I think that a large part of the problem is that we (those of use who won't talk about the way a wine tastes) just plain DON'T KNOW. I try to buy good wines based on recommendations from friends and magazines and newsletters. As a result the flaws are usually slight and harder to identify. Someone more expert than I might say "gee this stuff is a little ... " or worse yet "this stuff is ...and a little ... " Now how am I to tell which is which and learn to recognize it in other wines.

So, I once had a wine that I said "tastes like there's grape juice in it". And a more educated friend said yeah "fruity". Duh, so that's what that means. Now I can recognize even very slight fruityness, and I can accurately grade the level of fruit in a given wine. I would like a wine expert to invite me to a tasting of bad wines, preferably wines with a single glaring flaw. Then I could get an accurate feel of what all of the various components taste like.

mike [California]



From: [Andrew W. Rogers]
Newsgroups: rec.food.drink
Date: 5 May 87 13:48:36 GMT
Subject: Re: The wine-anxiety phenomenon

In article <3956> mike parker writes:
> ... 1 would like a wine expert to invite me to a tasting of bad wines,
>preferably wines with a single glaring flaw. Then I could get an accurate
>feel of what all of the various components taste like.

Someone makes a kit containing pretty much what you describe above: extracts of all the wine characteristics (both good and bad). You add them to water and taste the results, thereby associating a certain taste with "oakiness", "tannin", etc. Write if you'd like me to try finding out more about it.

AWR [Concord, Mass.]



From: [Steve Pope]
Newsgroups: rec.food.drink
Date: 6 May 87 22:42:47 GMT
Subject: Re: The wine-anxiety phenomenon

I'd like more wine drinkers out there to post things to the net. Descriptions of wine are nice, but those with the aforementioned "wine anxiety" could just say whether they liked a particular wine, and the price and place where purchased if they think it's a good deal.

Knowing what you're talking about is NOT a prerequisite to posting [here], as experienced netters are well aware.

steve [Berkeley, CA]



From: [Stephen Kurtzman]
Newsgroups: rec.food.drink
Date: 1 May 87 20:34:27 GMT
Distribution: na
Subject: Re: The wine-anxiety phenomenon

In article <18629> Max Hauser writes:

>One of the great obstacles to communicating about wine is many people's reluctance to express their own opinion. They too often fear that they lack enough experience to comment, or that others will judge them based on their opinions ... ... The others are forever trying to put him at ease so he will share his own experience, not because they want to judge him, but because a personal view in the course of the experience is so much more significant to them. So many people have been put on guard about their tastes being judged that even in a conspicuously friendly environment they reject opportunities to make an >original and perhaps enlightening contribution. This is a tragedy.


As a fledgling oenophile I find it difficult to express the impressions I get from a wine. I would really welcome a non-threatening environment where people talk about their impressions. From my personal experience I find a comment like "gee, this tastes like grapefruit" more helpful than "this one was rated higher by the Spectator." I always learn more about any subject when I can discuss it with someone. But let's face it, with all the BS talk that goes on concerning wine, it is hard for a newcomer to find people with whom they can have a reasonable discussion. What I hear most often from people is not "this one is rated higher than that one" but closer to "listen to how much information I can regurgitate on the subject of Zinfandels." Those types of comments almost sour the wine.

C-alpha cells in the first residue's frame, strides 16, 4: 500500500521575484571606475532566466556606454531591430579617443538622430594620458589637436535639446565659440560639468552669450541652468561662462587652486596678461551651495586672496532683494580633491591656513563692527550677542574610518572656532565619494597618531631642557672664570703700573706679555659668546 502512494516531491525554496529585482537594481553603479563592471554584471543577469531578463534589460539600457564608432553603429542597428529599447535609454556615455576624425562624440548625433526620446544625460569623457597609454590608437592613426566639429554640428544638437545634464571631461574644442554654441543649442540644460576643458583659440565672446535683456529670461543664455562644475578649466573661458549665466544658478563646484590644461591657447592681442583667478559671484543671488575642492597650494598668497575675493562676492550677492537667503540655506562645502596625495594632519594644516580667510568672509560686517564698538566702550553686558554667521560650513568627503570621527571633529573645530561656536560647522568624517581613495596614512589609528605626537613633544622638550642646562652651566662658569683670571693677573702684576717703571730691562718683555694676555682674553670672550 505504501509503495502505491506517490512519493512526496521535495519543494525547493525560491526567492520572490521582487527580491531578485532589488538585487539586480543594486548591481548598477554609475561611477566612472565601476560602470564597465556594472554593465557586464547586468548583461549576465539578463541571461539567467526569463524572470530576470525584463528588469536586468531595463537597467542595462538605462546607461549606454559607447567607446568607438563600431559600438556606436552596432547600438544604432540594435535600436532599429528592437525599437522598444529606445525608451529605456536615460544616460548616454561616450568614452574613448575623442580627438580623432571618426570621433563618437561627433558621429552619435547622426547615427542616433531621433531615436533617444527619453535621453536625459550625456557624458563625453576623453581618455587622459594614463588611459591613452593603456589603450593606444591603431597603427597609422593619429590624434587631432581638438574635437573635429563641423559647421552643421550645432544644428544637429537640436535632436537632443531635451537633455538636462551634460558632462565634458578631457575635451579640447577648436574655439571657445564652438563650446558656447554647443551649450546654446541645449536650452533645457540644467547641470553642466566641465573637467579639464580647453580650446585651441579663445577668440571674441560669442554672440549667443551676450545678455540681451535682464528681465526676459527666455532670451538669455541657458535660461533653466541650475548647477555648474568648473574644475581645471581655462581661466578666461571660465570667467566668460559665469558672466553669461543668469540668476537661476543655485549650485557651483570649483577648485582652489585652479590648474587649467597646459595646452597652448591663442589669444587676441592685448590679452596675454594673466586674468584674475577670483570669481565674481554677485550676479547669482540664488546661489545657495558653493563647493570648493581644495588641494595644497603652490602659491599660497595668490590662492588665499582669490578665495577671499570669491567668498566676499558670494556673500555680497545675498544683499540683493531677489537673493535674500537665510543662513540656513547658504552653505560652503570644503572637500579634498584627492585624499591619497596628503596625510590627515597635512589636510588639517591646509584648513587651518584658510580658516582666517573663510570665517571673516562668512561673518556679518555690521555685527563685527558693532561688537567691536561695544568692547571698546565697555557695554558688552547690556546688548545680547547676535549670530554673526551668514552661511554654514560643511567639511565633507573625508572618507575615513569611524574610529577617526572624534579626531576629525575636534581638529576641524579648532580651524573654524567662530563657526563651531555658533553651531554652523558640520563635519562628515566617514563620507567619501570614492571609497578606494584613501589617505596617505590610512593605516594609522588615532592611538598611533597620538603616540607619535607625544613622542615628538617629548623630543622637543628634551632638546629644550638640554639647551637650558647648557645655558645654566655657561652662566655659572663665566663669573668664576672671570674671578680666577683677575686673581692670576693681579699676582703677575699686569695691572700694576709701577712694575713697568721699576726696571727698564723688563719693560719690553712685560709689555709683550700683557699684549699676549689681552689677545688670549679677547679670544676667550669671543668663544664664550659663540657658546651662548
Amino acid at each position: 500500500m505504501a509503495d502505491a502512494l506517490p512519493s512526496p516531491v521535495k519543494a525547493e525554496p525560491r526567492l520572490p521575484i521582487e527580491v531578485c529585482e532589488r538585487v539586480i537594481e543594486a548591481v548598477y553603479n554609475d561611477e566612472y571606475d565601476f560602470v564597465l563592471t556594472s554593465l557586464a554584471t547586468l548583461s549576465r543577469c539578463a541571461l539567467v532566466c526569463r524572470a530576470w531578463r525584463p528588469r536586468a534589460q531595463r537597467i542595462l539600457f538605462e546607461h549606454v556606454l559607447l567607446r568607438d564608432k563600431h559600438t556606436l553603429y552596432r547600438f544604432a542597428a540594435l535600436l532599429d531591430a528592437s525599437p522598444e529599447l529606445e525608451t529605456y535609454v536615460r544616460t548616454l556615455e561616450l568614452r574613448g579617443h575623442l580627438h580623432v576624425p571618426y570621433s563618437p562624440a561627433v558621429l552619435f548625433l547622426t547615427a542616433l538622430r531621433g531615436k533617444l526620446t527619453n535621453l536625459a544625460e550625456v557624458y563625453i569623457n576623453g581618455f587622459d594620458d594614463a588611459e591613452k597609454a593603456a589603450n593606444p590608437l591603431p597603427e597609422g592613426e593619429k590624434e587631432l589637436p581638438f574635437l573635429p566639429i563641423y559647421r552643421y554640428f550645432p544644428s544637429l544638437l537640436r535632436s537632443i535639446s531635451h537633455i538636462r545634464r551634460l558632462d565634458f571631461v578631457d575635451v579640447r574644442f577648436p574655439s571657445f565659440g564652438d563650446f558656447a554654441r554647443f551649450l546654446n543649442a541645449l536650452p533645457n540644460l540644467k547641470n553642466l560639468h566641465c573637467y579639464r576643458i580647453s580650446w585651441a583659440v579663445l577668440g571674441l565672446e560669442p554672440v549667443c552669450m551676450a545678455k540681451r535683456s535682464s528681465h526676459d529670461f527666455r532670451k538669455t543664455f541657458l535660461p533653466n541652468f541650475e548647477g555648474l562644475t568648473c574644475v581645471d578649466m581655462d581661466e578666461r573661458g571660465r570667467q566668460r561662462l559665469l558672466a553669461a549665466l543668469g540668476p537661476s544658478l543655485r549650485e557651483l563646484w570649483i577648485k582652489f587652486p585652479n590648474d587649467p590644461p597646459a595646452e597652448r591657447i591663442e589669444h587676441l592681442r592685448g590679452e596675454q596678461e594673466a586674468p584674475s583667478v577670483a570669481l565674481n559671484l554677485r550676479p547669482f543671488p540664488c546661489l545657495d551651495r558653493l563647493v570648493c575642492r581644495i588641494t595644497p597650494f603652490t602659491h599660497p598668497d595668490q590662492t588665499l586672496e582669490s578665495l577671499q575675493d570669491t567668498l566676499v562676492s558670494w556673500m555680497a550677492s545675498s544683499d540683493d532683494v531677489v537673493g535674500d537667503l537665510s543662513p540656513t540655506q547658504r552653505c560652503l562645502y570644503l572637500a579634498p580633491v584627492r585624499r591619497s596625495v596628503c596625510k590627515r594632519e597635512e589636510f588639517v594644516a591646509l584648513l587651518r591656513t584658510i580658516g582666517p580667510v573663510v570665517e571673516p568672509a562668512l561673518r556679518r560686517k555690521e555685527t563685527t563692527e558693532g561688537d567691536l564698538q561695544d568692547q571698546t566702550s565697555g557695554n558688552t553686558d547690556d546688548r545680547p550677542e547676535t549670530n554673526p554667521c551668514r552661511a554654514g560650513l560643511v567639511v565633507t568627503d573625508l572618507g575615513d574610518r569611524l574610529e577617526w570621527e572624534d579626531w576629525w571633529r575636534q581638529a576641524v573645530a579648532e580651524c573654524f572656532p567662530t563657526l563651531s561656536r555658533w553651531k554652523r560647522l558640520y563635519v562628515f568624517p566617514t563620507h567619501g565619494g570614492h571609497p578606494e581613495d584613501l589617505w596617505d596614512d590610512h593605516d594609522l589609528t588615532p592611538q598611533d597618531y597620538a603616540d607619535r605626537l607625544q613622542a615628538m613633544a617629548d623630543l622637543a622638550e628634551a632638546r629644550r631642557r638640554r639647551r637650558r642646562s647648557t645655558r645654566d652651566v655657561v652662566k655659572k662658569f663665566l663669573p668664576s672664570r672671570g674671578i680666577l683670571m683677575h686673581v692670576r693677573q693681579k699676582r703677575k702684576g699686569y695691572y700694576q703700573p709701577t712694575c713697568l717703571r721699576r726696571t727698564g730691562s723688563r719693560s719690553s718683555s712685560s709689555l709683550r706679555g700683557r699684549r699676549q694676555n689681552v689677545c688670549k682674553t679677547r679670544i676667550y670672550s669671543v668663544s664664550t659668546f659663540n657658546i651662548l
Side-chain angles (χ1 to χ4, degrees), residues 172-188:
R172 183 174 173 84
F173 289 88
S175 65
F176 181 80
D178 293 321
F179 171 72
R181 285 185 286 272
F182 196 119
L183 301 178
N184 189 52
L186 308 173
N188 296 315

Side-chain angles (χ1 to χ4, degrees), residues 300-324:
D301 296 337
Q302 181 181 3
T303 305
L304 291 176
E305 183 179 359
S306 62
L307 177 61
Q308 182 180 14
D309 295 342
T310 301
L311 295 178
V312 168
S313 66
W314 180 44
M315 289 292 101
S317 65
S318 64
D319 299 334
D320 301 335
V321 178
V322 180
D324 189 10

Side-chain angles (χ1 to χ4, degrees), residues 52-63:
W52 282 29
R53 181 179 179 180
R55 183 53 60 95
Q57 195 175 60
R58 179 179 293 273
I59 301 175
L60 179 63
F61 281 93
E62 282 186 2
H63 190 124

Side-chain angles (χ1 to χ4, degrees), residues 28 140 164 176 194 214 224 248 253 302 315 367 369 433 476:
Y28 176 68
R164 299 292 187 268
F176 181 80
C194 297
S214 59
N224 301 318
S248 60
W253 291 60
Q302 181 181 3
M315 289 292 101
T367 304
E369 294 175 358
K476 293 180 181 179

[Los Angeles, CA]



From: Tom Neceda
Newsgroups: rec.food.drink
Date: 7 May 87 14:28:15 GMT
Subject: Re: The wine-anxiety phenomenon
Summary: a suggestion

In article <18748>, Steve Pope writes:
> I'd like more wine drinkers out there to post things to the net. [more]

I don't know whether this has been tried before but here is a suggestion anyway. I think it would be nice if once a week-or-two a selection of two or three wines be posted to the net. Your mission, if you decide to accept, would be to sample the wines and make your comments to the net. The selection should be diverse, say a red, a white, and maybe something exotic. The wines should be affordable and at least reasonably available. Comments could be verbose or just a "I liked it". No flaming allowed. Comments are welcome on one or all of the wines. If the traffic becomes excessive (which I doubt) then a "moderator" could be set up for summaries ( I would rather avoid this).

The only thing necessary would be for someone to make the initial selections. I think this would be a great way of getting a large cross-section of opinions. Onlookers could use the information when they are out making their selections and budding connoisseurs can compare other opinions with their own ("So that's what fruity might taste like!").

How about it? I will summarize any comments e-mailed directly to me.

Thomas W. Neceda [Holmdel, NJ]



From: sydow@convex... [Dallas, TX]
Newsgroups: rec.food.drink
Date: 7 May 87 23:34:00 GMT
Subject: Re: The wine-anxiety phenomenon

I'm not sure what ya'll want to talk about, but if you want to talk about wine, I'm interested. I've only been heavily involved in wine now for about 3 years, but feel that I've learned a lot. If you want to discuss wines - what kind? Bordeaux, Burgandy, California, *3rd world*, what?

The two best wines that I have had are: '45 Leoville Barton and a '53 Pichon Longueville, however, I feel reasonably qualified to discuss just about anything. I haven't been able to keep very current due to the insurance law changes, which have just about killed the tastings here in Dallas, but we still try and have small informal tastings about twice a month. I still haven't opened my '53 Haut-Brion or my '61's (La Tache and Richebourg).

Anyone out there interested in starting some good wine discussion?

Tip: Thomas Fogarty chardonnay from Calif. is about as good as any white burgandy that I've every had.



From: [Steve Pope]
Newsgroups: rec.food.drink
Date: 8 May 87 18:27:08 GMT
Subject: Re: The wine-anxiety phenomenon